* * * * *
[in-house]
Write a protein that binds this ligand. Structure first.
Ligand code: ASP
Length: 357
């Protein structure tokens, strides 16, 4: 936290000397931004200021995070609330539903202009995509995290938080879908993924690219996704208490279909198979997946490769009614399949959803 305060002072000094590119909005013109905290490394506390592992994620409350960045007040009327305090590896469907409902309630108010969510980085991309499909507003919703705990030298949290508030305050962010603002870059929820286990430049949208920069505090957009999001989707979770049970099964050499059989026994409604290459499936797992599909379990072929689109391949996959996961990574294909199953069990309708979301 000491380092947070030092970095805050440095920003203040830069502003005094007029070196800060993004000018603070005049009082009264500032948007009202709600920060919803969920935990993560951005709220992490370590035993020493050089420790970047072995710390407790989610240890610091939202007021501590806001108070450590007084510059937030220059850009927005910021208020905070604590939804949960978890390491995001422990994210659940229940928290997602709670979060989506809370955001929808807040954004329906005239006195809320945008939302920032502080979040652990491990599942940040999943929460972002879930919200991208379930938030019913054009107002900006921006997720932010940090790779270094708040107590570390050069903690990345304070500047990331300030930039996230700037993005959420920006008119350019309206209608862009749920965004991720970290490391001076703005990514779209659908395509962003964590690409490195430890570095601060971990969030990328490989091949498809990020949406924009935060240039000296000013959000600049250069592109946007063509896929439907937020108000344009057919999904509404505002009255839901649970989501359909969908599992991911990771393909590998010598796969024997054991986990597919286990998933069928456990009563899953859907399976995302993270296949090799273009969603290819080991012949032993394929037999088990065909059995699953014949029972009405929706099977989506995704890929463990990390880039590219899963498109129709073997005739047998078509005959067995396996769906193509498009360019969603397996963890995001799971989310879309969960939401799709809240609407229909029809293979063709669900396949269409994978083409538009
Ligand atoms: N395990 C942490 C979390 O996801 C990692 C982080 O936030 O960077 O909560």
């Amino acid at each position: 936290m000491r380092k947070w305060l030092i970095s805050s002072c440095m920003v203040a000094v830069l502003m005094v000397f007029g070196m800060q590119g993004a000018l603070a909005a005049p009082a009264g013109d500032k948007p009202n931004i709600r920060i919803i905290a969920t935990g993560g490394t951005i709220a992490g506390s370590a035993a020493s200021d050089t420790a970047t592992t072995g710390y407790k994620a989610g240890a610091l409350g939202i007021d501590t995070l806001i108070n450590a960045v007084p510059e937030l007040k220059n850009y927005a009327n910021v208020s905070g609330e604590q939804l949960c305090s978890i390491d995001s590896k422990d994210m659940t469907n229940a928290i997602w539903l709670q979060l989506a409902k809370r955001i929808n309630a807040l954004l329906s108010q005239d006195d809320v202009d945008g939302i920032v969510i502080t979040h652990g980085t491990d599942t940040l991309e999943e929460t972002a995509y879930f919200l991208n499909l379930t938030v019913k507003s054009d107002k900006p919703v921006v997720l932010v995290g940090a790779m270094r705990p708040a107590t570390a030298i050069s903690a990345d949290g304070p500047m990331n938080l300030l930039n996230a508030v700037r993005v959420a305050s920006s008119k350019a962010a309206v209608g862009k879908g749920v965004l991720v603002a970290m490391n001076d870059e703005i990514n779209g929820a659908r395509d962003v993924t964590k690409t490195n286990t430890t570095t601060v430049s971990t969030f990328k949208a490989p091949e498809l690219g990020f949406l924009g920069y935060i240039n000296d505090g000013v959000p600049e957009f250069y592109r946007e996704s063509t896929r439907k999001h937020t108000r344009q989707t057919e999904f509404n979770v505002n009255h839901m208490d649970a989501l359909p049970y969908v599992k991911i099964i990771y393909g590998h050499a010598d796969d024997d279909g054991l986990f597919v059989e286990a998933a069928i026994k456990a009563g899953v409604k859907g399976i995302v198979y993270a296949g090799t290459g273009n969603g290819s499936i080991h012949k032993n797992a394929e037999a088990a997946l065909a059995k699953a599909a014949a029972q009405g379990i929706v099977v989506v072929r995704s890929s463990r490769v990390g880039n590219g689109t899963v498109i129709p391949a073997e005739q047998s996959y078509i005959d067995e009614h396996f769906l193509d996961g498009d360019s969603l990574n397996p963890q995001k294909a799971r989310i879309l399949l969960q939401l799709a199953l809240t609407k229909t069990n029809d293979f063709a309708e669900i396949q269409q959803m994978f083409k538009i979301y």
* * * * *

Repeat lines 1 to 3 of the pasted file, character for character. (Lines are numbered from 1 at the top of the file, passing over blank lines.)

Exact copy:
[in-house]
Write a protein that binds this ligand. Structure first.
Ligand code: ASP